Research project

Singlet-Diffusion-NMR to probe translational dynamics in porous media

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Project overview

Diffusion-NMR is a powerful technique with applications that span from material science to medicine. With the characteristic non-invasiveness and non-harmfulness of Nuclear Magnetic Resonance (NMR), the technique can infer information on molecular diffusion in various media. Diffusion-NMR has applications that range from analytic sciences where it can be used for example to sort out complex molecular mixtures according to different diffusion coefficients up to medicine where it is used to obtain contrast between biological tissues within which molecules have different diffusion properties.

Porous media, which are ubiquitous in nature with examples including rocks, bones, wood etc. are perhaps the most suitable systems to be characterised through diffusion-NMR. And indeed scientific literature contains numerous examples of such investigations. However, because conventional NMR signals last typically for only up to a few seconds, diffusion-NMR studies have some limitations. The measurements of diffusion are done on a microscopic level by registering the changes in the intensity of an NMR signal as molecules diffuse in solution. The longer the diffusion time the farther the molecules diffuse, so that the the registered change in signal is more dramatic and the more accurate the measurement.

Molecular diffusion is affected by the microscopic structure of the material a molecule diffuses within, therefore diffusion-NMR is a very sensitive tool to probe micro-structures, hence its great utility in porous media investigations. However its sensitivity to dimensions is directly linked to the timescale explored i.e. to the available diffusion time. Limitations to diffusion time due to the lifetime of conventional NMR signals therefore restrict the technique to geometries within 100 micrometers. Since many interesting porous structures have pore larger than 100 micrometers the technique cannot probe pore connectivity in those systems hence cannot provide a measure of tortuosity which is of instrumental importance in many areas including oil engineering and battery development.

In the past 10 years I have been investigating the topic of long-lived spin states which are particular configurations of nuclear spin states displaying very long lifetimes that can reach in some cases even an hour length. This lifetime extension can be used in diffusion-NMR to prolong the diffusion time and obtain a better accuracy in diffusion measurement plus the possibility to access information on pore connectivity and hence measure tortuosity.

This proposal deals with the development and assessment of methodology that exploit long-lived states to expand the accessible diffusion time in diffusion-NMR experiments thus giving access to measurement of tortuosity, macroscopic compartmentation and diffusion anisotropy in porous media. The main outcomes of this research are:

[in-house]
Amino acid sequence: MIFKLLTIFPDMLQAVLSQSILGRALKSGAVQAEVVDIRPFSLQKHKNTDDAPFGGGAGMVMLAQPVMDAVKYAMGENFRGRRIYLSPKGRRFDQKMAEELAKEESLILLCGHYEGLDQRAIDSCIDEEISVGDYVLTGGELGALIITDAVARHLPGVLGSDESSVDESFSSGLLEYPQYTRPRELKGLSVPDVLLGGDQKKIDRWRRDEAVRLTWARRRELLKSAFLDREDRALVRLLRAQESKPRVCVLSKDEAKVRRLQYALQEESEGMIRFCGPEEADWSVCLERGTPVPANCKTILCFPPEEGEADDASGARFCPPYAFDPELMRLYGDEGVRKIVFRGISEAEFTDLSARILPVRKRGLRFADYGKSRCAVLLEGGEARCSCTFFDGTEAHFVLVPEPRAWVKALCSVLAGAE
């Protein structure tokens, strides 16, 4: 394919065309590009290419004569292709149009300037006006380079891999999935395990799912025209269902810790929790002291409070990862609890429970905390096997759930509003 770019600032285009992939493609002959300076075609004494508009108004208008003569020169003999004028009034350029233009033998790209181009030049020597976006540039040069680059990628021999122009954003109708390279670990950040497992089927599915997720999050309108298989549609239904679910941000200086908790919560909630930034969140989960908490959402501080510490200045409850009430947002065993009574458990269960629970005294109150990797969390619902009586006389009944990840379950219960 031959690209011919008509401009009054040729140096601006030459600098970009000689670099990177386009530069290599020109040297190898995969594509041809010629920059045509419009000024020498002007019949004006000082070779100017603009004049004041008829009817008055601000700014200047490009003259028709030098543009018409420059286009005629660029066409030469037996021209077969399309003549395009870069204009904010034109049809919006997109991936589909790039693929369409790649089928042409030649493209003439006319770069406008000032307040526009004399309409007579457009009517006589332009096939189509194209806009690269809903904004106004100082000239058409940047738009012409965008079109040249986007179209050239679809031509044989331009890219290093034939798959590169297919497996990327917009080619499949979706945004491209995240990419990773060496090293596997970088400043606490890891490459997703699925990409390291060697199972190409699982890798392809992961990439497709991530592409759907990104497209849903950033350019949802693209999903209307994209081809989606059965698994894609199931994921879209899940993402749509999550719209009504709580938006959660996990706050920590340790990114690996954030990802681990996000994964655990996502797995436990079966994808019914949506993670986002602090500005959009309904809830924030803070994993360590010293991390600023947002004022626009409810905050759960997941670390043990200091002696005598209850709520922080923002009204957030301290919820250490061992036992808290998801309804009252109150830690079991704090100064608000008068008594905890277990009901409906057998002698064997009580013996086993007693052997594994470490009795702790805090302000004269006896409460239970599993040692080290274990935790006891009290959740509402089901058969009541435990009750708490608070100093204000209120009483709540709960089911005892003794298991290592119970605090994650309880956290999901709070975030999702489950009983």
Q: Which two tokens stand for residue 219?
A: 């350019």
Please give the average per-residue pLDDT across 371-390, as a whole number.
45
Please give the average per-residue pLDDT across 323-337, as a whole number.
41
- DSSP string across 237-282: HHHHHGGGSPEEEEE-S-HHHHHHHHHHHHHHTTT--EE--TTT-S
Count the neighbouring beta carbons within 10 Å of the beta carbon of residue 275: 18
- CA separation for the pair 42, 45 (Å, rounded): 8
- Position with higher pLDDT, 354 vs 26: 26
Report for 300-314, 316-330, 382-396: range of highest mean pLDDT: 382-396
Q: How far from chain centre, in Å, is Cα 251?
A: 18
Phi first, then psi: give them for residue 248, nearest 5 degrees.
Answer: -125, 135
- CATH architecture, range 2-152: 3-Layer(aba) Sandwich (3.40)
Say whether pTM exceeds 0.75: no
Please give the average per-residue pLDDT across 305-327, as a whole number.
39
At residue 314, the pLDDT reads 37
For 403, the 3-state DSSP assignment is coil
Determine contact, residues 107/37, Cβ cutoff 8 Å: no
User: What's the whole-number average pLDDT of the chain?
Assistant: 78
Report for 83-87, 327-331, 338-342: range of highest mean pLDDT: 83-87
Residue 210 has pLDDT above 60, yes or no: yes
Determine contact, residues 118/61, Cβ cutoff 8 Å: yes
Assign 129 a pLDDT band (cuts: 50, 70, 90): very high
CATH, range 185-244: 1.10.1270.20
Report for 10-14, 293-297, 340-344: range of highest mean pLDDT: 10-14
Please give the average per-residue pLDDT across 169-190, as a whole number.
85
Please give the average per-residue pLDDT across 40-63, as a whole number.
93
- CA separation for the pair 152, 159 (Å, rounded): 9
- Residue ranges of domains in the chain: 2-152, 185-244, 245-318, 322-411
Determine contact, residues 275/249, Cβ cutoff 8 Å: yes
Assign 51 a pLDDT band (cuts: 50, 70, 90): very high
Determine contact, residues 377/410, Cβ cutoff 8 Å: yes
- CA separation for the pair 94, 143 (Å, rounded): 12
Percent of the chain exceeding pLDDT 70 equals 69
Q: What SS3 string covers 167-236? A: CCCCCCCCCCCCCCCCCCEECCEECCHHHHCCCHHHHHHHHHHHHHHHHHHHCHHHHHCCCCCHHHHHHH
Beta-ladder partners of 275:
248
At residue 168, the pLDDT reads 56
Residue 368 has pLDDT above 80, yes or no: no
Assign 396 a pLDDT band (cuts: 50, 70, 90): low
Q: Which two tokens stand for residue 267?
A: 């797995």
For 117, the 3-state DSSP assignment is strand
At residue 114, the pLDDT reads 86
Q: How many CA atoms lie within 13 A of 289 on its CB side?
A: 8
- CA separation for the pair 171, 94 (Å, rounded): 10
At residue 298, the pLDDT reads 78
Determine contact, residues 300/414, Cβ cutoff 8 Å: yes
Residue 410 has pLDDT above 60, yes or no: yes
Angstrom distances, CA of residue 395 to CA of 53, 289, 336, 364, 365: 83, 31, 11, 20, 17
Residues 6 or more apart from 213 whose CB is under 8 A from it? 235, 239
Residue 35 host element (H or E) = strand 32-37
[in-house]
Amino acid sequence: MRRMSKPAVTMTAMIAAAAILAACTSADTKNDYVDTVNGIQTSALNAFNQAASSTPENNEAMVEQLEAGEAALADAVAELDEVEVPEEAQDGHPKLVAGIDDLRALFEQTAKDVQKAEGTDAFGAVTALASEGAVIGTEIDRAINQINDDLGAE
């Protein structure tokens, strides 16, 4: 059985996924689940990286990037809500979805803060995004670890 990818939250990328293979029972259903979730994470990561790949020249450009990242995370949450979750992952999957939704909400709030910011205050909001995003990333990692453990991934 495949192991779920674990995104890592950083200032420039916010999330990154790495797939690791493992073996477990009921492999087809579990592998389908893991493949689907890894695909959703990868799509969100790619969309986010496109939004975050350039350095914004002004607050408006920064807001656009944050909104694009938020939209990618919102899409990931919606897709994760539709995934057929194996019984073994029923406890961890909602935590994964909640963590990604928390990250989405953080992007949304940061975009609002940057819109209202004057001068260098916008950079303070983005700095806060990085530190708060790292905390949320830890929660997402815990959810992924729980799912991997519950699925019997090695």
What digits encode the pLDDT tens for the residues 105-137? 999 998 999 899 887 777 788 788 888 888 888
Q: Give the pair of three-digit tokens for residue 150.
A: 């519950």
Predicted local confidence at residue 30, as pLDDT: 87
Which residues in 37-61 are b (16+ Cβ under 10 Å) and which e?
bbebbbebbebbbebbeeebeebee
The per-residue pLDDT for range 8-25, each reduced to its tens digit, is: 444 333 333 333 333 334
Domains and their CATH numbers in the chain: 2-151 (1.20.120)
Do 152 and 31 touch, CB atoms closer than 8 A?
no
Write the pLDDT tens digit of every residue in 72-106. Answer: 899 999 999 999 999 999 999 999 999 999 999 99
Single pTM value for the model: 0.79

1. molecular probes of diffusion that support long-lived states to give access to very long diffusion times

2. NMR methodology to measure diffusion by encoding positional information on long-lived spin states

3. a simulation procedure for simulation of complex NMR experiments on porous systems

4. measurements of tortuosity, anisotropic diffusion and macrostructures in porous media

The proposed methodology is expected to benefit laboratories and industries with interests in characterising porous material and/or developing new materials (an increase in the tortuosity of lithium batteries' electrodes during electrochemical cycling is thought to be partially responsible for the observed reduction of performances, for example). Diffusion anisotropy is of particular interest in MRI where it is exploited in diffusion-tensor-imaging, a technique that uses diffusion anisotropy to map the direction of fibres in the body: methods and procedures developed in this project have the potential to impact this area too.


Lead researcher

Dr Giuseppe Pileio

Associate Professor

Research interests

  • NMR Methodology developments
  • Long-lived Nuclear Spin States
  • Diffusion NMR
Connect with Giuseppe

Collaborating research institutes, centres and groups

Research outputs

Allan M. Torres, Giuseppe Pileio & William S. Price, 2020
Type: bookChapter
Monique Tourell, Ionut-Alexandru Pop, Lynda J. Brown, Richard C.D. Brown & Giuseppe Pileio, 2018, Physical Chemistry Chemical Physics, 20(20), 13705-13713
Type: article
Arjen Van Veelen, Monique C Tourell, Nicolai Koebernick, Giuseppe Pileio & Tiina Roose, 2018, Frontiers in Environmental Science
Type: article